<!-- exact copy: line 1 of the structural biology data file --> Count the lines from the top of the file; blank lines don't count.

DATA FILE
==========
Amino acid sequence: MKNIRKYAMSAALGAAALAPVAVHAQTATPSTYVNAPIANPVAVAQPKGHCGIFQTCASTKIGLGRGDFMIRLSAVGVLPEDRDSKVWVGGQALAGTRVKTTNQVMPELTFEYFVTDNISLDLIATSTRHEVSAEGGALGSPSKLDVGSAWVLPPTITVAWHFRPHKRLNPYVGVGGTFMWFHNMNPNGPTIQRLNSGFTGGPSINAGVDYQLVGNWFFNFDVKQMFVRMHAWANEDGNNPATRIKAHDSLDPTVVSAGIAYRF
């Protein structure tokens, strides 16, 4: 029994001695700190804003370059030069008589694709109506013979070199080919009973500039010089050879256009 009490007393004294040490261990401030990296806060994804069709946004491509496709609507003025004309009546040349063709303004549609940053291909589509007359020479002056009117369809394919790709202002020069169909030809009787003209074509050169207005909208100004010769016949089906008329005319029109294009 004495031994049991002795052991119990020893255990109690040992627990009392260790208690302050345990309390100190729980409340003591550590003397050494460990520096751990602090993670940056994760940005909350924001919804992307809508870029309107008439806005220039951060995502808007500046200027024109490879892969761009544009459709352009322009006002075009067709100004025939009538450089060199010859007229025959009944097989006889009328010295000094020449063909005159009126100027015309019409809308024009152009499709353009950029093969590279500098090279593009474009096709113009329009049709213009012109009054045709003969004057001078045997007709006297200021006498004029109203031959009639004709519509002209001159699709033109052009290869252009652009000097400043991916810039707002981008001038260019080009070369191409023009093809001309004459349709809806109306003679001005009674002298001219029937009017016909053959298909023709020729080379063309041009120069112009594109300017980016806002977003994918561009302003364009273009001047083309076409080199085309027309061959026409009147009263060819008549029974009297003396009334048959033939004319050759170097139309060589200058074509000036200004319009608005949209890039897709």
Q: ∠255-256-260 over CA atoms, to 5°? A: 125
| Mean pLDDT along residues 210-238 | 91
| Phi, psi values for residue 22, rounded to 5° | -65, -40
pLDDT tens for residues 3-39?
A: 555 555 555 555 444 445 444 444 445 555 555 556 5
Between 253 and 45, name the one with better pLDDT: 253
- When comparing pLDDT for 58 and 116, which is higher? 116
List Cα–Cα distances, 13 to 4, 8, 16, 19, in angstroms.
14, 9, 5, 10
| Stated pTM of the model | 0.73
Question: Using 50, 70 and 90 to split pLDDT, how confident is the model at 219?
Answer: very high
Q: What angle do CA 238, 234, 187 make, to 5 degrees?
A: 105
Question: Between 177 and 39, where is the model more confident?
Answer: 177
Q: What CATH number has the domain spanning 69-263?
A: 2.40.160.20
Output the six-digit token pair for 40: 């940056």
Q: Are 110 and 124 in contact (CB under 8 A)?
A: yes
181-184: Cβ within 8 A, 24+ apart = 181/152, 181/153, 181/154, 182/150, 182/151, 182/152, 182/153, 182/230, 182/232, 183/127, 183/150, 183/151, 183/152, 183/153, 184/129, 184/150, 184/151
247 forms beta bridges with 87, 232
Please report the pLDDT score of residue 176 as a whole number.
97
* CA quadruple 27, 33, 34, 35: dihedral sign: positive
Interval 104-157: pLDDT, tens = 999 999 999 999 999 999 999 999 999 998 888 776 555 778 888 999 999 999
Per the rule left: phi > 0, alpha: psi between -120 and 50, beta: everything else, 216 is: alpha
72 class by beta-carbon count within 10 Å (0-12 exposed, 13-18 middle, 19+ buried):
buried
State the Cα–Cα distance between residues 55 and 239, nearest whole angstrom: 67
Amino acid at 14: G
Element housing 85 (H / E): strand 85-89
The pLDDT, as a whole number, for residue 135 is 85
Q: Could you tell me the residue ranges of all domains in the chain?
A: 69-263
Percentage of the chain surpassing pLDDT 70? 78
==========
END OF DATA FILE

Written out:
Amino acid sequence: MKNIRKYAMSAALGAAALAPVAVHAQTATPSTYVNAPIANPVAVAQPKGHCGIFQTCASTKIGLGRGDFMIRLSAVGVLPEDRDSKVWVGGQALAGTRVKTTNQVMPELTFEYFVTDNISLDLIATSTRHEVSAEGGALGSPSKLDVGSAWVLPPTITVAWHFRPHKRLNPYVGVGGTFMWFHNMNPNGPTIQRLNSGFTGGPSINAGVDYQLVGNWFFNFDVKQMFVRMHAWANEDGNNPATRIKAHDSLDPTVVSAGIAYRF